Its not just where the Bighorns play. Helena Ice Arena has a lot more to offer than hockey and is currently working to raise awareness of the many activities on offer.
Primary months of operations at the ice rink are between August and April every year. The arena keeps a handful of full-time employees on payroll while hiring 15 or more part-time employees to help round out staff during busy months. When summer comes around, everyone from concessions workers to the ice maintenance crew go elsewhere until the next winter. The business typically keeps only one or two staff during the summer.
In recent years the business has done a bit more in the summer and hired as needed. However, prime business for the venue is the fall and winter.
In addition a robust hockey schedule, the arena offers several public skate options. These are opportunities for the public to come and enjoy the arena for themselves. According to bookkeeper Jaymie Noble, who does much of the arena’s advertising, public skate is something the business hopes to make the public aware of moving forward.
The Helena Ice Arena has served the area for more than 20 years. Manager Stan Senechal originally worked on the building when it was being constructed. He said around 1995 he was working for an engineering company and did much of the building’s mechanical and electrical engineering.
Senechal said Michael Avon, a man from New York, was the one who originally decided Helena needed an ice arena. Through various circumstances, Senechal wound up owning stock in the business. He was an owner of the business for many years before selling to a California businessman.
However, Senechal has never been far from the ice arena, he has remained close and acts as the business manager and primary decision-maker.
Noble said the business can be broken down into a few areas: hockey, public skate, apparel, concessions and ice rentals. She said ice rentals make up the majority of the arena's profits. Nearly anyone can rent the arena space for private or public use. This includes tournaments, youth hockey, junior hockey, birthday parties and any number of other events.
Many rentals are long-time partners with the arena, like the junior hockey league or the Helena Figure Skating Club, which host lessons at the arena.
Apparel and concessions make up a smaller part of the business. Apparel is mostly hockey-related clothing and gear.
The concessions are handled by The Atomic Cafe. The options are fairly robust for a small ice arena. Popcorn, cotton candy and chips are available in addition to burgers, chicken sandwiches, hot dogs, pizza and corn dogs. Nobel said concessions is licensed to sell beer during Bighorns games, but is otherwise G-rated.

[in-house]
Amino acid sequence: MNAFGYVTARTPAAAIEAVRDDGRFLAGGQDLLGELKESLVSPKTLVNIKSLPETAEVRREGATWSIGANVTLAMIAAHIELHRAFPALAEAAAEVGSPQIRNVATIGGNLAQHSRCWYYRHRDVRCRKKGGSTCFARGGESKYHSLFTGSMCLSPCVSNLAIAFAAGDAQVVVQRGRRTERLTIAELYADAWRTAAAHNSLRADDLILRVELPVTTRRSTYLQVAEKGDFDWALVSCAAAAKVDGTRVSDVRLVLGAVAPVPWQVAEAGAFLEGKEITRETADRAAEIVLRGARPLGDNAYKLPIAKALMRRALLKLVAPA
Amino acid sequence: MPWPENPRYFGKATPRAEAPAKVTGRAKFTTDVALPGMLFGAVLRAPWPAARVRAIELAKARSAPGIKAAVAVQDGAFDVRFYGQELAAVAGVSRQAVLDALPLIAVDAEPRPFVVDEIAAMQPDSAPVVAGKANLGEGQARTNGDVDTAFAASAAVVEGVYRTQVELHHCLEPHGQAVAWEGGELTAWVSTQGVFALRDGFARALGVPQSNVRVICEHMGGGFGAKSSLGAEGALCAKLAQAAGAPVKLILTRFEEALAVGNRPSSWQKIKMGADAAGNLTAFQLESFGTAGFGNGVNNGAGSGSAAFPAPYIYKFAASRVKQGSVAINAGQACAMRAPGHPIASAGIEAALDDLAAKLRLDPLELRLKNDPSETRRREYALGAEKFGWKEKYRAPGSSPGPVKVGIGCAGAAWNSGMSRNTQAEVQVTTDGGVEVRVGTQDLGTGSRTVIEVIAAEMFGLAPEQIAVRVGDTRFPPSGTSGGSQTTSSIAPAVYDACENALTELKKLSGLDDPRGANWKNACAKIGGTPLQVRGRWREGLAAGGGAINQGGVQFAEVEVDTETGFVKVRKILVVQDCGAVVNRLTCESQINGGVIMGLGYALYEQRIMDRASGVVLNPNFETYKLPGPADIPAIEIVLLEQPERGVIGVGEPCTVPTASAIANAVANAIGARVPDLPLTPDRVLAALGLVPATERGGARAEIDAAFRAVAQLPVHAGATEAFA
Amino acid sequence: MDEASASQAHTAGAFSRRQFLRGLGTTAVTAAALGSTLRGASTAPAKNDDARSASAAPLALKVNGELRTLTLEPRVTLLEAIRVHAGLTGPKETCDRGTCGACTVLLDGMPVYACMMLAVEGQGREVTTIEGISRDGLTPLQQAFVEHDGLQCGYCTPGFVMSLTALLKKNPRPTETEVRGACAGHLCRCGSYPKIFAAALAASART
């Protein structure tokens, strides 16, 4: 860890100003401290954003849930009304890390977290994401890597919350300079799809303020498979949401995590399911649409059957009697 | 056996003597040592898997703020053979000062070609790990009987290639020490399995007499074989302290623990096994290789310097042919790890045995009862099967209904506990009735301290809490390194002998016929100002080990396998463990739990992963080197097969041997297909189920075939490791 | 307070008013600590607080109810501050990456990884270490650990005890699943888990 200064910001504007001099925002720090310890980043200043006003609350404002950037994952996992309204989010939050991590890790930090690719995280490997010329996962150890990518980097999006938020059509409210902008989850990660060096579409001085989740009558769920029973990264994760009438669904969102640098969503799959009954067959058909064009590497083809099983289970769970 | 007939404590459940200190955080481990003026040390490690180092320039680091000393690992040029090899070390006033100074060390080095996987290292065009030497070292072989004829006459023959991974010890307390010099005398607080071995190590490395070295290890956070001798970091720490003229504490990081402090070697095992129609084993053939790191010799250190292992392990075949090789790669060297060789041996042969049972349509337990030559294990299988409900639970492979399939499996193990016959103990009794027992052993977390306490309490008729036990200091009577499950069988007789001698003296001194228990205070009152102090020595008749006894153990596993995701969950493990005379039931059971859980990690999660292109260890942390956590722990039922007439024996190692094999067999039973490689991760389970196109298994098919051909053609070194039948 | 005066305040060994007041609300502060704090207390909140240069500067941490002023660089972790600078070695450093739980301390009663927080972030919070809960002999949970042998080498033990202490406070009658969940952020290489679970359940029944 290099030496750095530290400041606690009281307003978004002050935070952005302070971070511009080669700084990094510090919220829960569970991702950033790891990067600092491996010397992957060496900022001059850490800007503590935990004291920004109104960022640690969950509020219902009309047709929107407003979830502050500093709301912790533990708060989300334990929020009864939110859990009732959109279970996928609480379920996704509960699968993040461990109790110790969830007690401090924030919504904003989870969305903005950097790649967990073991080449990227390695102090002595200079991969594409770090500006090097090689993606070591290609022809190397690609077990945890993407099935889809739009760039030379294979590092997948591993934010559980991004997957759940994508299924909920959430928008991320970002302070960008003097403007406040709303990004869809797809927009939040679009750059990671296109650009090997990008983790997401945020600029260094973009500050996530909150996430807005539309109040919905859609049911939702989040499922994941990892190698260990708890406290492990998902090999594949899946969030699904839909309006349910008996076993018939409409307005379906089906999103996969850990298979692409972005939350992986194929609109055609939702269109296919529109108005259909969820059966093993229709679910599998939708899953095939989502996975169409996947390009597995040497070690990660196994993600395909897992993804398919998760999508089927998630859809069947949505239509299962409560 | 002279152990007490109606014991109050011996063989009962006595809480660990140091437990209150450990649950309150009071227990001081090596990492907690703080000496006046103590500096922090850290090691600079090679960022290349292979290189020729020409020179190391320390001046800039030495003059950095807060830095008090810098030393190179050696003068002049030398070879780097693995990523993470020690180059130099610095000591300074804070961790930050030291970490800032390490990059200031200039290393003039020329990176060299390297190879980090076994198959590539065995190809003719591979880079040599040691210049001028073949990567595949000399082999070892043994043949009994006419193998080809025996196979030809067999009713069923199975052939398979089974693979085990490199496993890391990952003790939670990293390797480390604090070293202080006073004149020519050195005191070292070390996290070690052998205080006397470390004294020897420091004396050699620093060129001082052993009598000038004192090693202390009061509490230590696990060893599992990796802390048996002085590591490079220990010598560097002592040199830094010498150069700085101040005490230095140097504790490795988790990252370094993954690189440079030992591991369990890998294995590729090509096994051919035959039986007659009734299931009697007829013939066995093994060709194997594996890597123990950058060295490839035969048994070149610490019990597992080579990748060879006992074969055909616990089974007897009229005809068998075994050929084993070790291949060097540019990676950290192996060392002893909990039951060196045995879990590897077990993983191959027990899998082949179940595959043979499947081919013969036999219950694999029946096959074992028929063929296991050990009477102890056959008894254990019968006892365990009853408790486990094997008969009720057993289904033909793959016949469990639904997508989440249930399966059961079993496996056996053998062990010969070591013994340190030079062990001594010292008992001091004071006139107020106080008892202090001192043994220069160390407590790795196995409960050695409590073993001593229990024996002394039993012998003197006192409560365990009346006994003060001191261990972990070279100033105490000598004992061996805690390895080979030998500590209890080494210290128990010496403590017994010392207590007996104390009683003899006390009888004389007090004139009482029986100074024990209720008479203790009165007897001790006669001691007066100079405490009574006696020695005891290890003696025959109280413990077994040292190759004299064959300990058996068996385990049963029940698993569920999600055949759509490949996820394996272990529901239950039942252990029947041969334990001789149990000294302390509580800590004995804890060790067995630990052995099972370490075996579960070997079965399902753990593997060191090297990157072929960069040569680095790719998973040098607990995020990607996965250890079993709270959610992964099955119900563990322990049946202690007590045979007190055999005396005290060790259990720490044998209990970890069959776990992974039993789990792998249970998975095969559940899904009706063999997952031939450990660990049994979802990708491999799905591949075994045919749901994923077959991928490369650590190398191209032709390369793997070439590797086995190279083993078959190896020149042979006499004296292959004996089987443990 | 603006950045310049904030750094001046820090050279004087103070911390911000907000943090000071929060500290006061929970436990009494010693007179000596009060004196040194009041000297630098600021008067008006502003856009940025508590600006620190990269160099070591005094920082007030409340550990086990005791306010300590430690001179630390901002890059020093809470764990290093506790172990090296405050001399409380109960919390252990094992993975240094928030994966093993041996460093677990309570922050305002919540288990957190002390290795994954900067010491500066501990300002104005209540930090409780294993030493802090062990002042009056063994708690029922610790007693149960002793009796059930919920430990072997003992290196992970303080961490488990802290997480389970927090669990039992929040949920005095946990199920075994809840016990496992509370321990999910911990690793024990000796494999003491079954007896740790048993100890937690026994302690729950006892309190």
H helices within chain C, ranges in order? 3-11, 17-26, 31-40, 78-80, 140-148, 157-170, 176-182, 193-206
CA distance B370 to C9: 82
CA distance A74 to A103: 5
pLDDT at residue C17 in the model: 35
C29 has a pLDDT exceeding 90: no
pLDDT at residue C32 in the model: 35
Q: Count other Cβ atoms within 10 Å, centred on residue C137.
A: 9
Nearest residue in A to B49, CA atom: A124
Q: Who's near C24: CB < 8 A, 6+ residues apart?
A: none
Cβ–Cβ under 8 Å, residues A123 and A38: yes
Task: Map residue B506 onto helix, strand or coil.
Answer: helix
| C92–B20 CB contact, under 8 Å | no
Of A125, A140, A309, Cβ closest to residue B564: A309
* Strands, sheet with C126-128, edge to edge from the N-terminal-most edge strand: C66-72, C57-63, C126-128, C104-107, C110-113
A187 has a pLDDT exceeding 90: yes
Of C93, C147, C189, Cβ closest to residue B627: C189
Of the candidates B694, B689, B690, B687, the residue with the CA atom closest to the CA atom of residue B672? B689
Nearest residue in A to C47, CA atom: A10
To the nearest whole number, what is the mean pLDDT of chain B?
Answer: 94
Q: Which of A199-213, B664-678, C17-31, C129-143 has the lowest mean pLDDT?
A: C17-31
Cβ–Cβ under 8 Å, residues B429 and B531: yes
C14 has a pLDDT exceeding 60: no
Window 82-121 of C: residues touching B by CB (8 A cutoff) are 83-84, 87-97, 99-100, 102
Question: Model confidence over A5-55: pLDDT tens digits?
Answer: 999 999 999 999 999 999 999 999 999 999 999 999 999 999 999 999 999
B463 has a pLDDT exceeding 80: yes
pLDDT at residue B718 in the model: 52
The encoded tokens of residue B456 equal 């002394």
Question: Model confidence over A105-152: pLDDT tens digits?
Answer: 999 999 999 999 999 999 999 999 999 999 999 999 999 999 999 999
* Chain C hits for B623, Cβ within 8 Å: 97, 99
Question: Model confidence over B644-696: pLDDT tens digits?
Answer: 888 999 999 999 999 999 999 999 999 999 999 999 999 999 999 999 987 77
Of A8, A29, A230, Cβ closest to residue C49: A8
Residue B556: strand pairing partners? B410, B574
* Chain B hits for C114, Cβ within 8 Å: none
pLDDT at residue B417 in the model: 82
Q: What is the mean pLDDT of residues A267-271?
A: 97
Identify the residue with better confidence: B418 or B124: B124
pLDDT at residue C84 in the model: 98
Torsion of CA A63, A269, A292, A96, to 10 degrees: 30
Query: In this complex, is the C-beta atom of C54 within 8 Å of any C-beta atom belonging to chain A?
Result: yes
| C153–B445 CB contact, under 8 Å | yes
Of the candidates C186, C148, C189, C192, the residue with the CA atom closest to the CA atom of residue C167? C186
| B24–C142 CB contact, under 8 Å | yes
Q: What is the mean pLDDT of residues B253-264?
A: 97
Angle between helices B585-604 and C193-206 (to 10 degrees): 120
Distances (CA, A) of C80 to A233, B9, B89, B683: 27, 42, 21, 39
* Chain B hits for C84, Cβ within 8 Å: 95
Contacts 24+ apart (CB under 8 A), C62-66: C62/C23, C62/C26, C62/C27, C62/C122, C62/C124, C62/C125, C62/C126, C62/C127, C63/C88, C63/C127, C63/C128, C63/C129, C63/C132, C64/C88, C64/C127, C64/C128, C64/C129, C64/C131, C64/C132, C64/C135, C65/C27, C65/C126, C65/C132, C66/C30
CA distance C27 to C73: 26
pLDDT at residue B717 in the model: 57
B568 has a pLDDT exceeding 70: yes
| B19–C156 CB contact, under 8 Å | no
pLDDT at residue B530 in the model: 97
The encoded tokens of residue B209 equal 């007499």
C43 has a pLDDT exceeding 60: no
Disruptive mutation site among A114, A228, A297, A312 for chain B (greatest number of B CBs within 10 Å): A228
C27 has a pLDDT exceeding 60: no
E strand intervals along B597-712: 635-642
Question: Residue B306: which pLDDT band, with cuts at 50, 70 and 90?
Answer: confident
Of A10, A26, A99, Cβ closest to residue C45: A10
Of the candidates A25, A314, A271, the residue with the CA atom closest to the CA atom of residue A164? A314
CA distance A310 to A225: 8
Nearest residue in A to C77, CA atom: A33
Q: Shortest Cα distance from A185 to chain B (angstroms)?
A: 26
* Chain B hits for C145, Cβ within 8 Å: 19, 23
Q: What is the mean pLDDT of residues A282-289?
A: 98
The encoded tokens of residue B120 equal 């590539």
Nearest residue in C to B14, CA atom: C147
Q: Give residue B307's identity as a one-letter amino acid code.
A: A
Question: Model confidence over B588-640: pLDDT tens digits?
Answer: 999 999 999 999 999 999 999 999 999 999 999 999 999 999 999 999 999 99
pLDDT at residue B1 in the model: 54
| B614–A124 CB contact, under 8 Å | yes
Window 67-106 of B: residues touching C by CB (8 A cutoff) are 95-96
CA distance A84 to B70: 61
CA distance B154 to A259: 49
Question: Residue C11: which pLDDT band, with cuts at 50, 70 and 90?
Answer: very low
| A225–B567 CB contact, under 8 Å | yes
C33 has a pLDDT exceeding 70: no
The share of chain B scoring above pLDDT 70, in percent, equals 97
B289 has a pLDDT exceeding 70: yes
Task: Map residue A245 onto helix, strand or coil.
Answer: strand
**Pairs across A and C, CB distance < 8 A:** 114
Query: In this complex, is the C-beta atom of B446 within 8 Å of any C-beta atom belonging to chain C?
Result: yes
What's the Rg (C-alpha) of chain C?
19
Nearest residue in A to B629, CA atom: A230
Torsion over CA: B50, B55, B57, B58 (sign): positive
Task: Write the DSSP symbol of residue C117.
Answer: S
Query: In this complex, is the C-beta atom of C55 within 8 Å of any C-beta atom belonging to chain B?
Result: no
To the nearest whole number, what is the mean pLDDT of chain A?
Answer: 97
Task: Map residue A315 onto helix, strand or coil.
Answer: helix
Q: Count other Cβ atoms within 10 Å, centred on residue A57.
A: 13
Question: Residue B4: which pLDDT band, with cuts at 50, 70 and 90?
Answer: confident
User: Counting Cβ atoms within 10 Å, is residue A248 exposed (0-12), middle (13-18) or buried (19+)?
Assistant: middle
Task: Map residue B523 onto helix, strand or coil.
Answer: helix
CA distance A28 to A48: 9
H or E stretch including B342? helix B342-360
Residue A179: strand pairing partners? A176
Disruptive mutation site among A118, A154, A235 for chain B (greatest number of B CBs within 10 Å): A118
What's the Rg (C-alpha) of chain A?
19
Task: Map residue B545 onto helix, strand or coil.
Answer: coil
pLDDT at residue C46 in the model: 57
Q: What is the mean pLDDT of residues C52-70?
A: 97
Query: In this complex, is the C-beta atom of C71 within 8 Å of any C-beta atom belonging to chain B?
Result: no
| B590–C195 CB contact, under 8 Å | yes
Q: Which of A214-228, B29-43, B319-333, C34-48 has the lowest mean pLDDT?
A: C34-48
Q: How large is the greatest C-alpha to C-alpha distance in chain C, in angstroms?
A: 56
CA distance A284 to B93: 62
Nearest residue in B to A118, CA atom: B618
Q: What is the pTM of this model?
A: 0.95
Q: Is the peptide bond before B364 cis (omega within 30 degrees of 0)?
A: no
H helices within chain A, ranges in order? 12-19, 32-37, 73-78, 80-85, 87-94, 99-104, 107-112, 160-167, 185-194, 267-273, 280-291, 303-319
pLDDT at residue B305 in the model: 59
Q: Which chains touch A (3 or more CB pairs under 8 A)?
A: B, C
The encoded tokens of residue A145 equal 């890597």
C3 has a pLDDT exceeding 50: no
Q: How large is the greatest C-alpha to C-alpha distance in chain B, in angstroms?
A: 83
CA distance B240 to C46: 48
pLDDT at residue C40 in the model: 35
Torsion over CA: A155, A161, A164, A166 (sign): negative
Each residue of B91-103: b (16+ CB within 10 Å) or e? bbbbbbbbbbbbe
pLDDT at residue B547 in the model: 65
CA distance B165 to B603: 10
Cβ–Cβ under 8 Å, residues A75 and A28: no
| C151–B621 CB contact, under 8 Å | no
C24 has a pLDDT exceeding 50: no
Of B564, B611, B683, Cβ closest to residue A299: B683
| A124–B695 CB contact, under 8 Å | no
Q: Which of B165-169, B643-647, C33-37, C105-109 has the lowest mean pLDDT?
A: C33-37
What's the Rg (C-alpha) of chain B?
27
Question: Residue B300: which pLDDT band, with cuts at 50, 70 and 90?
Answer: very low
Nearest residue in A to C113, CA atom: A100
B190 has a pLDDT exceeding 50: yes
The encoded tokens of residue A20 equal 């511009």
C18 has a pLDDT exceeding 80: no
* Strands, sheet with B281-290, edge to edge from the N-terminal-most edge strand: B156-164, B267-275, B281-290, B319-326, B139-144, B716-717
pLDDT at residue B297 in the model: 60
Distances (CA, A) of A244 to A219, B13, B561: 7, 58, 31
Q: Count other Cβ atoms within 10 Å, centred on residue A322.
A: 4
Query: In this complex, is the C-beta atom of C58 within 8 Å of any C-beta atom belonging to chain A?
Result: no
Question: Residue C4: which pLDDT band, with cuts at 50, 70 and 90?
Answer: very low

The North American 3 Hockey League Bighorns are the arena's biggest draw, but there are also junior and youth hockey leagues, which drum up a lot of public interest. Hockey overall represents a big part of the arena's business.
"Hockey is what people think about when they think about the arena," Nobel said.
The arena has adult pick-up hockey games for anybody who wants to play.
Public skate also is a big part of the arena's business and one where the arena hopes to increase public awareness. Public skate means anybody can come in with their ice skates, or rent a pair of skates, and enjoy the use of a highly controlled environment. This includes regular public skate, events hosted by the public, and laser skate. However, most of the public isn't aware of public skate and the ice arena offerings.
"That's something we are trying to change," Noble said. "We aim to drum up more interest in public skate."
Noble attributes the lack of awareness to advertising. The arena works on a minimal advertising budget with Noble handling most of those duties. She said the business does some radio advertising but relies heavily on social media and word-of-mouth. Nobel believes social media has helped bring in more people, but said her goal is to be more consistent with her advertising.
When April comes around, the Arena starts winding down for the summer. Although this has changed slightly in the past few years.
Last summer the arena hosted some summer activities including roller derby, street hockey and roller-skating. This included renting the arena to the local Hel'z Belles roller-derby team.
Interest was small for street hockey and roller-skating, but this was a first for the arena with many unaware of it happening. Regardless, the arena doesn't lose anything by attempting more summer events. Roller-skates or not, the ice is melted in the spring because it's easier to replace than maintain all summer.
The Helena Ice Arena has long been staple of the Helena community. Through partnerships with local schools, businesses and sports groups, the arena has created a safe environment for weekend activities all fall and winter. With such a wide range of activities at the venue, the arena has something for people of all ages.